Apple Amber is one of those Irish recipes that plainly involves the cook strolling out to the tree on a whim, pulling a few green cooking apples off it, and taking them back inside to quickly turn them into something unusually nice to end the meal. But the fact that the apples are cooked before baking suggests that this method was meant to work well with storage apples as well, the fruit that had been put away in straw in the cold cellar to last until the first new fruit of the next summer and fall started coming in.

Originally, apple amber was usually constructed as a crustless pie: the grated apple was briefly cooked, seasoned and sweetened (cider vinegar was probably used when lemons were hard to get) and then baked by itself in a pie dish: then meringue was piled on top and the dish returned to the oven just long enough to brown it. More recent versions of the recipe call for the addition of a pie crust. We’ve used a crust on this version, as it does a nice job of soaking up the juices produced by the fluffy apple mousse as it bakes.

Click on “read more” for the recipe and method.

Ingredients:

  • Pastry dough for a single-crust pie
  • 4 cooking apples, totaling about 1 pound, cored and peeled
  • 2 tablespoons water
  • Juice of one lemon, strained
  • 3 large eggs, separated
  • 4 ounces sugar, or to taste

First, prepare the pie crust in a suitable pie dish. Set aside.

Preheat the oven to 180° C / 350° F.

Grate the apples on a coarse grater (or the grating disc of a Cuisinart or other food processor). Add the 2 tablespoons of water to a small heavy pot, heat until steaming, add the apples, and cook over medium heat until the grated apple reduces itself to a puree. (The apple bits do not have to completely disappear into the puree. It’s all right to leave some texture.) Remove from heat.

Beat the egg yolks slightly. Add the lemon and three-quarters of the sugar to the apple puree: then add the egg, and stir well. Spoon the mixture into the pie shell and bake for twenty minutes.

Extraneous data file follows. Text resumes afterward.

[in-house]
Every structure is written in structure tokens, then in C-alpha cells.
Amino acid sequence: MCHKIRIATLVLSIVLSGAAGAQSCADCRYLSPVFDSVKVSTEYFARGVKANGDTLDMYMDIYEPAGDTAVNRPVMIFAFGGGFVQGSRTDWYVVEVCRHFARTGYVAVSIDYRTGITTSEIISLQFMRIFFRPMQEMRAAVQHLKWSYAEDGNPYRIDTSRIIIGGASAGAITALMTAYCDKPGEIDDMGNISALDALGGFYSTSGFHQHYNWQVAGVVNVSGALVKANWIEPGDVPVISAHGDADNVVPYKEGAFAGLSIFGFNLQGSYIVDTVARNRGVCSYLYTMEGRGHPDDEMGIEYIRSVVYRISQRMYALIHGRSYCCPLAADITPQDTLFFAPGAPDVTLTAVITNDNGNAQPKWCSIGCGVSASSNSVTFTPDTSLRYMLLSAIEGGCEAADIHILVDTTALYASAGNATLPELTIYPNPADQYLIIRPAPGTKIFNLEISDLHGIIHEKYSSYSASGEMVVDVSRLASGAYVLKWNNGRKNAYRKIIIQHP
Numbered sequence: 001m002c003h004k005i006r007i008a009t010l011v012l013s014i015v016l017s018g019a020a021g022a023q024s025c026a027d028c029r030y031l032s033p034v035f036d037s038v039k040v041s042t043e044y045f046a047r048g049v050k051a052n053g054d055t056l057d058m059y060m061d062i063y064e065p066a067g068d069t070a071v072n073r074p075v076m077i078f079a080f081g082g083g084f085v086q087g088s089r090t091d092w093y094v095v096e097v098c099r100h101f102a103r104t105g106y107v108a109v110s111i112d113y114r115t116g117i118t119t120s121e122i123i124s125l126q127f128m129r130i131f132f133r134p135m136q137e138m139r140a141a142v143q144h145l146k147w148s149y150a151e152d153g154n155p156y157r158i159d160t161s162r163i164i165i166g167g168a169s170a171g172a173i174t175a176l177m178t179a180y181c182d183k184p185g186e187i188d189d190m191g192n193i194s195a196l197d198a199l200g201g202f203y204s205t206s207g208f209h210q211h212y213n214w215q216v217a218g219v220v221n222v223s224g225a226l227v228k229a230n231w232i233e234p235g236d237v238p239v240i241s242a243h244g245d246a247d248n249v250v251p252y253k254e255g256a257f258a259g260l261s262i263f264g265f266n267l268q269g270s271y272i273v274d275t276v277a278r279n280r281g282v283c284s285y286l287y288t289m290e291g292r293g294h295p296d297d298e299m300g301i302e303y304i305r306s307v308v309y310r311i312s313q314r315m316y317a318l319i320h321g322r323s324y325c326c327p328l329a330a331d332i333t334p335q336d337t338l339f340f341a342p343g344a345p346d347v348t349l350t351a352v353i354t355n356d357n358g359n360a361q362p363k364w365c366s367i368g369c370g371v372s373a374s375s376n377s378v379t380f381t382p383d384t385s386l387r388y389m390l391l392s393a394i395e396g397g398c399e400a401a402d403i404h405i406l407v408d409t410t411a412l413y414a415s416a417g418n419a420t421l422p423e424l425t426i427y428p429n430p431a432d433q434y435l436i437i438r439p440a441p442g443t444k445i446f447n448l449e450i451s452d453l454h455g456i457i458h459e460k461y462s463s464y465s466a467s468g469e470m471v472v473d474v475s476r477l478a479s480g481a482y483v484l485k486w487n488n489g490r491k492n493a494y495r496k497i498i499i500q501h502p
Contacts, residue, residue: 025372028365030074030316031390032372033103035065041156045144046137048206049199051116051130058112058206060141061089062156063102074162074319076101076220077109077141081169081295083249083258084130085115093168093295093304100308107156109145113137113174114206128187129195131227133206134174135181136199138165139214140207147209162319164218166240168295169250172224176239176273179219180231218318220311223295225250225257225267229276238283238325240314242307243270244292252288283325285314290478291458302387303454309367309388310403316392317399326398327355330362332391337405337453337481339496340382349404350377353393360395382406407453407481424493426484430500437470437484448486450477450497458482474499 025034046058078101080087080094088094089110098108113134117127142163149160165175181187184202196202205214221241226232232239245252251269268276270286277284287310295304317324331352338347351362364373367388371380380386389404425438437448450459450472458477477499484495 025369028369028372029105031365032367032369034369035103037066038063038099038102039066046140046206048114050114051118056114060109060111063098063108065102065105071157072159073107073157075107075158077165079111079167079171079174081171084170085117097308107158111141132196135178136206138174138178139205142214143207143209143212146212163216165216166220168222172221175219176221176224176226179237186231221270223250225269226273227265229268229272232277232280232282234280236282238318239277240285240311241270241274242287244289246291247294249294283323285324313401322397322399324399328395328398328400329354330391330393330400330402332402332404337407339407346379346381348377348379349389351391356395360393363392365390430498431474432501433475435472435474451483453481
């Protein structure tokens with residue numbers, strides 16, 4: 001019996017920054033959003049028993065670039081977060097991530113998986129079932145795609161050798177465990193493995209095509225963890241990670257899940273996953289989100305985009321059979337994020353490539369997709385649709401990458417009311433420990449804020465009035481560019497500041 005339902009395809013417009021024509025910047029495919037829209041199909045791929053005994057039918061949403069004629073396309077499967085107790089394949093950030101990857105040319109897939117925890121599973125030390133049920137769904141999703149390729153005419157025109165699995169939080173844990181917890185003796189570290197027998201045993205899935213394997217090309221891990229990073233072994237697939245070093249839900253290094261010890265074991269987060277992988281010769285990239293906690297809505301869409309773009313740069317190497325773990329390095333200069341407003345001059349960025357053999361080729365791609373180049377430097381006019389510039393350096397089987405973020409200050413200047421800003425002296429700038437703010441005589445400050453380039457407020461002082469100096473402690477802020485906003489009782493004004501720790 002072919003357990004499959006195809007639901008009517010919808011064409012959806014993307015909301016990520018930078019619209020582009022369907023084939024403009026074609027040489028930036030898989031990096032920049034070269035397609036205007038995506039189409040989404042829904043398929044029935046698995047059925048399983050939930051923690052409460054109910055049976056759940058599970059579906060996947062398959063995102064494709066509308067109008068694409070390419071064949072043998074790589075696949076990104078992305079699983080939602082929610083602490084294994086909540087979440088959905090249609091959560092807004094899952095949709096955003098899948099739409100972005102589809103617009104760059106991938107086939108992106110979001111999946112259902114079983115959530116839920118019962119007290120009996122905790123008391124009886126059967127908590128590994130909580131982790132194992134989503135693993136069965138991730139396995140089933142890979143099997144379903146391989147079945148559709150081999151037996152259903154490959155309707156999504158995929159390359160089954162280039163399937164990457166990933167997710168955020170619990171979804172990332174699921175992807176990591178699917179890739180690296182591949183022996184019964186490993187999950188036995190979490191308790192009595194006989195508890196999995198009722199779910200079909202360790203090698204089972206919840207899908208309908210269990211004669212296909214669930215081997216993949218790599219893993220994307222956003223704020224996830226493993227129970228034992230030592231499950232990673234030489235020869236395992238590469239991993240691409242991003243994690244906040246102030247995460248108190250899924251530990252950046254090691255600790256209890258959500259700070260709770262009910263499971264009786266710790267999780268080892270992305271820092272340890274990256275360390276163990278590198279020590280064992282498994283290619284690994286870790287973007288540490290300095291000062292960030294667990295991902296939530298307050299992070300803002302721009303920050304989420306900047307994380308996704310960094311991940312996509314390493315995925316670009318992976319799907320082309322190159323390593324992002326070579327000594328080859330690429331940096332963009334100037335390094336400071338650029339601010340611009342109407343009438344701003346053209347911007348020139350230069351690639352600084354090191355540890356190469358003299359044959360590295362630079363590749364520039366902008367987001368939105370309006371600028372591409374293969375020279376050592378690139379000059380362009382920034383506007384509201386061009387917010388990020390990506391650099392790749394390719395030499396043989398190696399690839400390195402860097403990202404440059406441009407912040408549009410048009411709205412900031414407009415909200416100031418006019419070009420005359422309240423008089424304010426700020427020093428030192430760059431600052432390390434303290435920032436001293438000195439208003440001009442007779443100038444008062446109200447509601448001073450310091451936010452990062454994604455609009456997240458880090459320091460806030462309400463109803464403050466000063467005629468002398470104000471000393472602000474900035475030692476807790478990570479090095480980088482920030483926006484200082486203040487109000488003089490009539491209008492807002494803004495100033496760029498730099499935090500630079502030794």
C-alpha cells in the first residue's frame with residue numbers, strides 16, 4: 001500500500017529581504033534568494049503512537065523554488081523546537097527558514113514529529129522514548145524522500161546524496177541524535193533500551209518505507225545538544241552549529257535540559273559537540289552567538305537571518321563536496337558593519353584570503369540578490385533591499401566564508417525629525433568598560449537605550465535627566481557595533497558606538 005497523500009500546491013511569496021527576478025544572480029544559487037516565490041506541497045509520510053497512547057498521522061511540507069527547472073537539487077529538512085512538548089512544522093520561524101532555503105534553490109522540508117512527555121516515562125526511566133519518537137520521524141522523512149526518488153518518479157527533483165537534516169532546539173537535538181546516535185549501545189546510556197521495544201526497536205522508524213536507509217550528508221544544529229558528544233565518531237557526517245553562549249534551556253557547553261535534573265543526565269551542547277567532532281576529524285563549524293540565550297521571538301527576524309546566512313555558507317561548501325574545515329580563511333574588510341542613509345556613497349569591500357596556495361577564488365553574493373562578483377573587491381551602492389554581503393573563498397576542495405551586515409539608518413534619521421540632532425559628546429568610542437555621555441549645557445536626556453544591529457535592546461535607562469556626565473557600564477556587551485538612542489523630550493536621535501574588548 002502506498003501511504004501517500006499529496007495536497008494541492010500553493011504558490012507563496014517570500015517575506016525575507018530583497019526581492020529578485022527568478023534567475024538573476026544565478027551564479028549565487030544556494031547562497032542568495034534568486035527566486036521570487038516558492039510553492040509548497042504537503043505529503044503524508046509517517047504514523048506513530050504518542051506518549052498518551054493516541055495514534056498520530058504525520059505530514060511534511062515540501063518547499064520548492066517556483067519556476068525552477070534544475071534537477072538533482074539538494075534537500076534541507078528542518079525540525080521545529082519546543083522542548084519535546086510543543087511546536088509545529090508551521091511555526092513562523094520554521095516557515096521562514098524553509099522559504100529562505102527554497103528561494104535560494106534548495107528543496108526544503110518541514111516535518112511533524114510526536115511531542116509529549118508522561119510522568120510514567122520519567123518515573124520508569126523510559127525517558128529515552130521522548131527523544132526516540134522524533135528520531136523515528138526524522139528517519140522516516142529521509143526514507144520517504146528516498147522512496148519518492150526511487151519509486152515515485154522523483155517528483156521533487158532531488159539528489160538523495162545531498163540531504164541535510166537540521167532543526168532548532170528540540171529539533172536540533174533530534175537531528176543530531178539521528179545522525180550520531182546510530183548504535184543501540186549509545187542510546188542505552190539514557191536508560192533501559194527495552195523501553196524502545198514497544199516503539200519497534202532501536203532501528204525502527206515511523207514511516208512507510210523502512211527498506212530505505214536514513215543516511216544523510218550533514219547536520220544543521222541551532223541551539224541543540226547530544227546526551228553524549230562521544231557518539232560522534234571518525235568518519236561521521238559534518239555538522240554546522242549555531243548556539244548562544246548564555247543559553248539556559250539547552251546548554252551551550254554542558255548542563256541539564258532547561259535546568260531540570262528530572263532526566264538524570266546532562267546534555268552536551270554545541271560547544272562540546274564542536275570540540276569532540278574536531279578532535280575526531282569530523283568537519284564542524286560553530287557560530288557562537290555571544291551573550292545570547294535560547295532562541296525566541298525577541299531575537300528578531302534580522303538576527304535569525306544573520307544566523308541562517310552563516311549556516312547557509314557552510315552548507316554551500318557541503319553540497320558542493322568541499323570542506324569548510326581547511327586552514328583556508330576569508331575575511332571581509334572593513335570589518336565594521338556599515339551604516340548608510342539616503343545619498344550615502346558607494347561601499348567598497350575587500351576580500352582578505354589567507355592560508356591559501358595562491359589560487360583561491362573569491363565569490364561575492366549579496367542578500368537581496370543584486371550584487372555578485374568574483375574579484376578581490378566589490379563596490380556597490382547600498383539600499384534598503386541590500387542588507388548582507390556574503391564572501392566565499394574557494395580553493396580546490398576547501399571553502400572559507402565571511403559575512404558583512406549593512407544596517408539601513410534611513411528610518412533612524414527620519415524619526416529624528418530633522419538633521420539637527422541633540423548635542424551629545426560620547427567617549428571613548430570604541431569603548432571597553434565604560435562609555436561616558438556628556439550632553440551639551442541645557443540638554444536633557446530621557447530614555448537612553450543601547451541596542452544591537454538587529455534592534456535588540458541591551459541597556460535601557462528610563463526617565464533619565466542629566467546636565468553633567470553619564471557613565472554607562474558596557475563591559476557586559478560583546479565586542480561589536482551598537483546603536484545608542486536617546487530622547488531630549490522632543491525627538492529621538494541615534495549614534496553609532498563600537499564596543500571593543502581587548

Meanwhile, start beating the egg whites, adding the remaining sugar gradually as you continue beating. Whip until stiff peaks form. When the pie has had its first twenty minutes in the oven, remove it and spread the meringue over the top of the pie, sealing it to the edges of the crust. Return to the oven for another 10 minutes, or until nicely browned.

Serve hot or cold.

Bracketology

It’s that time of year again!
I’ve set up my guesses for my bracket a little safer than usual this year because usually I don’t and that hasn’t ever worked out very well so far.  I looked up each of the schedules for the teams (time consuming and ridiculous) and cross referenced several teams that had beat that same team, or ones who had lost or won to a team that I had them up against, (even more time consuming and ridiculous). I usually just fly by the seat of my pants, so we’ll see if this method works. It will probably work out better than my first thought of comparing all of the mascots and setting them up against each other as to whom I think would win…
As for my teams- I’m predicting KU to go to the Elite 8, and KSU to make it to the Sweet Sixteen. I’d really love to be wrong and celebrate another National Championship, but I don’t think that’s probably realistic this year. Although I’d settle for another North Carolina win! Buahaha!
Yes, I have Kentucky winning, but hey- that’s better than Duke, Missouri, North Carolina or Syracuse, right!?!  🙂 So, I’m keeping track- we’ll see how many I’ve guessed correctly and how many I was off on. (I’m usually off by at least 18 or more.. we’ll see if this one breaks the mold).

What’s your NCAA bracket look like for March Madness?

Life lately… according to my android phone

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1. I fixed the cheesecake from this recipe test with Anna. It’s delicious! (Just needed more baking time than the recipe called for).

2. Longhorn Steakhouse for mom’s b-day. I finally found something I like! Sierra Chicken – made for great leftovers too.

3. Mom’s birthday party!

4. Sylas & Maddy’s ice cream w/ Anna on her work break!

5. Green Machine- impromptu snack at work

6. Lunch break while out and about at work at Taco Bell- no pop involved! 😉

7. Dr. Scholl’s foot map analysis. Apparently I’m a heel-balancer.

8. Last of the rock candy from the now out of business Penny Annie’s candy shop in downtown Lawrence.

9. Last snow (hopefully) of the season.

10. Curious rat at the pet store. I named him Pierre.

11. Guinea pig at the pet store- I think I captured the single moment he opened his eyes the entire time we were there.

12. Crazy rambunctious mice at the pet store.

13. Colorful birds at the pet store

14. Kevin touching a starfish at the pet store!

15. Orange leaf frozen yogurt 🙂 Kevin Young and Jordan Juneman of the KU basketball team were there.

16. Vodka Penne @ Paisanos w/ Grandma Lee. Delicious!

17. Bowling with the fam!

18. Game # 1- Kevin, me, then mom. Yes, I lost badly and got my personal worst at the same time.

19. Game # 2- Same order- I did much better!

20. Downtown Kansas City blocked off for the Big 12 Tournament.

21. First blossoms on the Magnolia tree out my window!

22. Leave request for our family trip to Europe approved!